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In 1986 the World Bank prepared a strategy for low-income housing in developing countries. This work grew out of the Bank's efforts to support the urban poor through an extensive housing assistance program that was launched by Bank President McNamara's speech on urban poverty. By that time, the Bank had provided more than $4 billion of such assistance, and had undertaken an extensive research effort to design support for that lending. Much has changed since that time, not only in the way the Bank provides shelter assistance, more than doubling its support since that review, but also in the changing consensus as to what shelter strategy should be. Buckley and Kalarickal review the emerging consensus. They examine three new research areas: The empirical analysis of the effects policy has on housing supply; the richer understanding of the effects that land market regulations have on specific projects and on the functioning of urban areas; and the alleged mysterious effects that de Soto, for example, claims that effective property rights have not only for shelter policy but for development more generally. The authors also examine the emergence of both a new financial innovation, micro-enterprise finance, and the increased emphasis given to project design based on community participation, showing how these approaches more fully reconcile the incentives faced by beneficiaries and donors. In sum, the authors argue that the evolving consensus on shelter strategy is not nearly as mysterious as some would claim. Housing markets in most developing countries remain highly idiosyncratic and constrained. Nevertheless, the evolving consensus on shelter strategy appears to recognize these idiosyncrasies and policy constraints as evidenced by the strong and improving performance of the Bank's shelter lending.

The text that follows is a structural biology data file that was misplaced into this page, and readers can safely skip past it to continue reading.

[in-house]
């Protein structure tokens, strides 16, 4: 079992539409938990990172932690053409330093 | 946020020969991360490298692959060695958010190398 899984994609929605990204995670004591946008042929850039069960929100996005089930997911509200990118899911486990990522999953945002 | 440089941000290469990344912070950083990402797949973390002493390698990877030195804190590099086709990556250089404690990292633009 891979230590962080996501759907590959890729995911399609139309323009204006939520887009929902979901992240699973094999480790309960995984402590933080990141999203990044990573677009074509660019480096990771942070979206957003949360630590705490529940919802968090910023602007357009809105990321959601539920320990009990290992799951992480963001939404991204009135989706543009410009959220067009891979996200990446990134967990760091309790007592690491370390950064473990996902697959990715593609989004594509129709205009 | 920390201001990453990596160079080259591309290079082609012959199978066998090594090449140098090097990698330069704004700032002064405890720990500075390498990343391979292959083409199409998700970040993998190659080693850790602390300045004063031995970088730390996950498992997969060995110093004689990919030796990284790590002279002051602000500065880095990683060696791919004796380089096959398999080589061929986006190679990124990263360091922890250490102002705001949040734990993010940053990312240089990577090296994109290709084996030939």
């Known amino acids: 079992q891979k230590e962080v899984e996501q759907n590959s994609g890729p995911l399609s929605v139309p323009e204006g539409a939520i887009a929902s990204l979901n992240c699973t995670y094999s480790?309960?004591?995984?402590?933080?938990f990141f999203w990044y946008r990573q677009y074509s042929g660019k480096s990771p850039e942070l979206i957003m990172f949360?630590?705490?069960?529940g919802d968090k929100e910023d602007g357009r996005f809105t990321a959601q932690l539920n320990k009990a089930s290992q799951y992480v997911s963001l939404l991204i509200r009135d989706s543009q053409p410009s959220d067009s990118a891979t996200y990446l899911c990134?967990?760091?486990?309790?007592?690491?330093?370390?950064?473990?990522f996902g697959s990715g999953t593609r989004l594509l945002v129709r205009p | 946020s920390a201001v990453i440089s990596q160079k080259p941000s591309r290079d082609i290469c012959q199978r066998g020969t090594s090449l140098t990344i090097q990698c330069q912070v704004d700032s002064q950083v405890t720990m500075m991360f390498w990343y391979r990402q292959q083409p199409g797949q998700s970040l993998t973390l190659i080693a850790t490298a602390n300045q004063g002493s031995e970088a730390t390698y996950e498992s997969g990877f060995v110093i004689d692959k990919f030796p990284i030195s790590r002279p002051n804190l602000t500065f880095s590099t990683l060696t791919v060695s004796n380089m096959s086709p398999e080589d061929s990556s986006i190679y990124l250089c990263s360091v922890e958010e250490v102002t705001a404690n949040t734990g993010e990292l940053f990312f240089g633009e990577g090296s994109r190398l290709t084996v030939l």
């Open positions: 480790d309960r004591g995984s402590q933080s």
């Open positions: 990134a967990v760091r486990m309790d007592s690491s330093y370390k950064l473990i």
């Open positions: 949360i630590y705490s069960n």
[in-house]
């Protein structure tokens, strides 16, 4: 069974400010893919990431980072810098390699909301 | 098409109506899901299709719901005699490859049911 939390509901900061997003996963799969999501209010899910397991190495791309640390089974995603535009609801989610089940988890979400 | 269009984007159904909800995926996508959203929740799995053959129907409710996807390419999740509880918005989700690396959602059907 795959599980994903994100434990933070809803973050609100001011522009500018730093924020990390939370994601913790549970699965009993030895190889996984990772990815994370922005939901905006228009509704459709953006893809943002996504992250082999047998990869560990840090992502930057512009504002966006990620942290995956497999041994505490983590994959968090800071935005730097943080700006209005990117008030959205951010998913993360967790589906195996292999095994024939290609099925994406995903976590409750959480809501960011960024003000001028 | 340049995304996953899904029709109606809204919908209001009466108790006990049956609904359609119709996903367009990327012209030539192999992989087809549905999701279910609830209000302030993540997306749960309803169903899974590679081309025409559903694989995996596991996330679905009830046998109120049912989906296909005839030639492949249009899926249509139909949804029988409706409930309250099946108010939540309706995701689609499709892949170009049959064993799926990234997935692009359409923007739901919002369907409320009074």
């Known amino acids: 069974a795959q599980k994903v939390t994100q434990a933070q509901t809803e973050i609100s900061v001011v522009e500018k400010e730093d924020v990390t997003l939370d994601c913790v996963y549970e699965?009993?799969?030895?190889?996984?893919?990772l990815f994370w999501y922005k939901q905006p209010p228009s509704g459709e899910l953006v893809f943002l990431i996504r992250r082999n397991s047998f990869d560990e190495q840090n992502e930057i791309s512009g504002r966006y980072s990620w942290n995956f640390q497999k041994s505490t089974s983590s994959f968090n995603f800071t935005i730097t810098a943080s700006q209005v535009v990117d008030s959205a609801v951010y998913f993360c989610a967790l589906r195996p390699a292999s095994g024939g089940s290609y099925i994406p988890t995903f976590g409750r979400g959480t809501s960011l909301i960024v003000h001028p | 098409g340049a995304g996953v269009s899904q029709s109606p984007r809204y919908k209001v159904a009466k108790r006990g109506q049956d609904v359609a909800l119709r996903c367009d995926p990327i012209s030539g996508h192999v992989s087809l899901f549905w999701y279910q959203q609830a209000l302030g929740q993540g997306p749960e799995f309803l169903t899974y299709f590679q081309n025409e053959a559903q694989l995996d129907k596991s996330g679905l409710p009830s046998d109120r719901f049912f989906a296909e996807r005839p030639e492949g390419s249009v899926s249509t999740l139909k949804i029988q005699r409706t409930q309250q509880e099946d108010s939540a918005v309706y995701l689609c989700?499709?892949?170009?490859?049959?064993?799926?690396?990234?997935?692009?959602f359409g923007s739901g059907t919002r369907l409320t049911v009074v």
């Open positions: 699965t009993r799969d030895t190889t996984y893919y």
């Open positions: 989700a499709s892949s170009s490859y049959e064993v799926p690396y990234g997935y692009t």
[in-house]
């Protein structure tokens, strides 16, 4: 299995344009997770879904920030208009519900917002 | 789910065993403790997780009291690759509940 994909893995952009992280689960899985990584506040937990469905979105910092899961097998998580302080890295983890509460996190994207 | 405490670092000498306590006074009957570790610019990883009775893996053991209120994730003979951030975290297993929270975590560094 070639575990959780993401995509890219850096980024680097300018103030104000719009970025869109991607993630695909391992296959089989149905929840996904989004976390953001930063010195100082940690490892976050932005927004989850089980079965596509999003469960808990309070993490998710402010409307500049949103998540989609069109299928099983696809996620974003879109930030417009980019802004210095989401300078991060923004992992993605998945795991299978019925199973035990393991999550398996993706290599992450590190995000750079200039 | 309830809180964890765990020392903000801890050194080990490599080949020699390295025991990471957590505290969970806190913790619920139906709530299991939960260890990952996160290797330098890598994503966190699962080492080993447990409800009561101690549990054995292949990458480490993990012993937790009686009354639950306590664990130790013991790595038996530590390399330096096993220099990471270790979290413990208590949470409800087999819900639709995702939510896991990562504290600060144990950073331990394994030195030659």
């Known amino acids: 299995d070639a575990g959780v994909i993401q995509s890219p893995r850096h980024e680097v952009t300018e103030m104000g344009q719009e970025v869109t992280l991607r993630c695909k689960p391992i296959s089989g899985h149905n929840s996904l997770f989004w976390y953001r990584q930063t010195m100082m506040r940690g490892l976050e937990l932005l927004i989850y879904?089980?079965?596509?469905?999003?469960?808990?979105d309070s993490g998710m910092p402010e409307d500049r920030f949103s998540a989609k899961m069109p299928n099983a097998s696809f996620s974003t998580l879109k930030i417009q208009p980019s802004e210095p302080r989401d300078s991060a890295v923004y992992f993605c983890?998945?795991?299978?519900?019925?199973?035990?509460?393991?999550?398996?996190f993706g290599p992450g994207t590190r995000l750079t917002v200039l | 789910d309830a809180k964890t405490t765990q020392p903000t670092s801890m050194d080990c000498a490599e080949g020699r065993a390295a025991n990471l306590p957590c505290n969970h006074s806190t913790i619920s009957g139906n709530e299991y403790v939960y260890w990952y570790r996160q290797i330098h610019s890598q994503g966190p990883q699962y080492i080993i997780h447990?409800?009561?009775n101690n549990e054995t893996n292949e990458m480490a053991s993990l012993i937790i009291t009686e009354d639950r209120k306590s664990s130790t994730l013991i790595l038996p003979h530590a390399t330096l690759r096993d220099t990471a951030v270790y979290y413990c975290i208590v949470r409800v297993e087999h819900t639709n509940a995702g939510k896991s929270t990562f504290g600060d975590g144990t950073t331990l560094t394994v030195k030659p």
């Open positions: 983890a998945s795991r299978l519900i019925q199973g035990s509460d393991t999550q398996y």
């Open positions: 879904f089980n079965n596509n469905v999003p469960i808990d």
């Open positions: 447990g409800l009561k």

This paper - a product of the Urban Unit, Transport and Urban Development Department - is part of a larger effort in the department to evaluate the lessons from 30 years of urban shelter loans.

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